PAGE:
On a side personal note, I am always amazed how politicians' social experiments neither work nor even help the demographic group they are supposedly targeting. Raising the minimum wage to near unaffordable levels for companies to deliver competitive meal pricing pushes away customers who choose to spend their dining money somewhere else or not at all. Declining sales prompt management to downsize staff and reduce laid-off employees' wages from $20/hour to $0. Fast food and many dine-in restaurants are replacing staff with machines (no payroll tax, HR, or 401 K's required) such as kiosks ordering machines or iPads at seating booths that are now more affordable than people. The result of misguided and irreversible political experiments is corporations adapt. They restore their profits by changing their service model while we all pay higher prices for hamburgers and society loses entry-level jobs.

However, Chipotle (CMG) is an outlier doing the complete opposite of most fast-food chains. In April, Chipotle announced their same stores sales increased by 7% that topped analysts' expectations. Earnings per share increased 14.5% from $11.68 to $13.37 and net sales increased by 14.1% to $2.7 billion. CEO Brian Niccol said on the earnings call that the company saw traffic growth increase across several income groups during the quarter. He credited the chain's value perception among diners.

Note: We added CMG to our Up Capital Growth & Income and Growth models on March 26, 2020, and again on June 3, 2024.

Chipotle has gone against its peer's approach of adopting machines to do the work of employees. Anyone visiting a Chipotle restaurant will notice a large team of people waiting for you to quickly move you through the buffet, selecting fresh meats and vegetables. Even with the same higher minimum wages and price increases, Chipotle has grown its customer traffic and earnings. Investors have noticed that the stock price is soaring while their competition has declined. Below is a chart illustrating the stock prices of CMG, QSR, MCD, YUM, and STAR.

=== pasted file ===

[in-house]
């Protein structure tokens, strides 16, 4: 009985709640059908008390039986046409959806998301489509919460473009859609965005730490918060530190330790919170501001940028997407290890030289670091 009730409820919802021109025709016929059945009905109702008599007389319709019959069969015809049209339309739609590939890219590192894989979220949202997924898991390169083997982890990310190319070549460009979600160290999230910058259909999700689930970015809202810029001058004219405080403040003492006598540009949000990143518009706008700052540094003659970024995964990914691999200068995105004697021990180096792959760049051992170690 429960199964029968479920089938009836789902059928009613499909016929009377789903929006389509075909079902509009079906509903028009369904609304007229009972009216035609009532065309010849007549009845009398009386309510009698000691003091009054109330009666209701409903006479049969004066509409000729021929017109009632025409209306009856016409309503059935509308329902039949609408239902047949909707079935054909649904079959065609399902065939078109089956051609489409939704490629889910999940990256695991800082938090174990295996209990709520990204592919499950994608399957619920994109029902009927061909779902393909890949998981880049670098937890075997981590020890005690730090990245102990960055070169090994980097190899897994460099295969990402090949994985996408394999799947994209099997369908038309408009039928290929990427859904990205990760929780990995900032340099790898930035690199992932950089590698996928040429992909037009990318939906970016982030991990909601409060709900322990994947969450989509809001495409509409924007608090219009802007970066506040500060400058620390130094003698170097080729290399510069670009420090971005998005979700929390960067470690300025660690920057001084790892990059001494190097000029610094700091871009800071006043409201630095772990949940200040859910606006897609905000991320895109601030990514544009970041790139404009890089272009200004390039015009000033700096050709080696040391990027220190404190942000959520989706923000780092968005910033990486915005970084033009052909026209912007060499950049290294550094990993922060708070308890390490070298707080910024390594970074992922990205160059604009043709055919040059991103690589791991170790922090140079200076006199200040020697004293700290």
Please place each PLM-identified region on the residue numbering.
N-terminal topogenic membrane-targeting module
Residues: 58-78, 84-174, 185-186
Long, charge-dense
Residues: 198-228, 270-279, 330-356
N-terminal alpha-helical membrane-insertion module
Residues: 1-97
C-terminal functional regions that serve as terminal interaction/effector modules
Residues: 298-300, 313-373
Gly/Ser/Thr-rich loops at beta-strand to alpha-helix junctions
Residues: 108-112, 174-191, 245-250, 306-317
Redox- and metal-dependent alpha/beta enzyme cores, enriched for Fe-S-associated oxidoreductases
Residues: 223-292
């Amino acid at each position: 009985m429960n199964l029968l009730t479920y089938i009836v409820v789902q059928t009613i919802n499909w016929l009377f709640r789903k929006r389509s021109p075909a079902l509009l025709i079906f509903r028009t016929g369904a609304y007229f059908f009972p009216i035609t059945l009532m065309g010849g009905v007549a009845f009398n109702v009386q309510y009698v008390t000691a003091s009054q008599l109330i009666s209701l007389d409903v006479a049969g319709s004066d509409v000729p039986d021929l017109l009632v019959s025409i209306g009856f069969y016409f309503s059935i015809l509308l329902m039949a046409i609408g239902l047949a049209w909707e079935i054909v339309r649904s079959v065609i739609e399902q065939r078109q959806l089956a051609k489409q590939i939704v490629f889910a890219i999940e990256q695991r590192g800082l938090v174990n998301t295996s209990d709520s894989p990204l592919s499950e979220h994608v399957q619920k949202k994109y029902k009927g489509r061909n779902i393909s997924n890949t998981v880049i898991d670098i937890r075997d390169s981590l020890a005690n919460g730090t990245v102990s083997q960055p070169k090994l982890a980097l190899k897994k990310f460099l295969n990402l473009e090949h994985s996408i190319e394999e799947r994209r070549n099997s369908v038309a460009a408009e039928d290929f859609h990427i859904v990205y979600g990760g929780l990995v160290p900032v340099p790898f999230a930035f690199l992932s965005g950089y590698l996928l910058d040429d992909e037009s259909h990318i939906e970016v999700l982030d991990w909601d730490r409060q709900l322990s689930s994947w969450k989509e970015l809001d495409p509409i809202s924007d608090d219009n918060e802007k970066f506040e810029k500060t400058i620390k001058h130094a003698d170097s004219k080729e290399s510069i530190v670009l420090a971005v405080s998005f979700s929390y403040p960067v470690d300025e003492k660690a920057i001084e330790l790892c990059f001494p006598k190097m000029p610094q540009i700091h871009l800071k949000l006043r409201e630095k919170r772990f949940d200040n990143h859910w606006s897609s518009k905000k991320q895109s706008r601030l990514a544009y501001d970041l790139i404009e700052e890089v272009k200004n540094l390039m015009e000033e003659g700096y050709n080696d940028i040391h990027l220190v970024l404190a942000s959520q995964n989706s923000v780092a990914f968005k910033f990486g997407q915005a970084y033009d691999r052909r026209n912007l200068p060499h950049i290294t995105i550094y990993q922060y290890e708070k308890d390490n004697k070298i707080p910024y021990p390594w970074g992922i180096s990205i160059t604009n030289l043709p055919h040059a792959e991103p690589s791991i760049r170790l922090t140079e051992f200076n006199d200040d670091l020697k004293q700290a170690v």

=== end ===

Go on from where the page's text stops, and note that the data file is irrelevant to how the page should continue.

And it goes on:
What Does This Mean to Me?

We maintain a favorable view of the US economy and stock markets. That said, there is growing evidence that the rising cost of living is impacting family households. The combination of higher interest rates, inflation, and increasing local taxes is reducing personal budgets for discretionary items that include leisure, travel, and hospitality. Consumer spending is the core of the US economy, representing 66% of all financial activities. Although household topline spending appears to be stable, what people are buying can provide insights into their personal sense of confidence. Typically, discretionary items have higher profit margins than staples. So, even if household spending remains stable, corporate profit margins can decline as people search for discounts and sales to stretch their budgets.

A key indication of consumer confidence in their personal finances will be revealed this fall as we monitor holiday sales. We are already seeing budgets for travel and hospitality declining during "high season," when most people are typically dining out more and going on vacation. So far, institutional investors have not indicated a pullback in their stock appetite. However, should they start reducing their stock allocations, the major indices will reflect lower demand and lower closing prices. We will be monitoring economic data and other influences on the economy and report them to you as we see them develop.

Let us know your thoughts on this Update. Also, let us know if we can be of assistance to you and your family in achieving your financial and personal goals.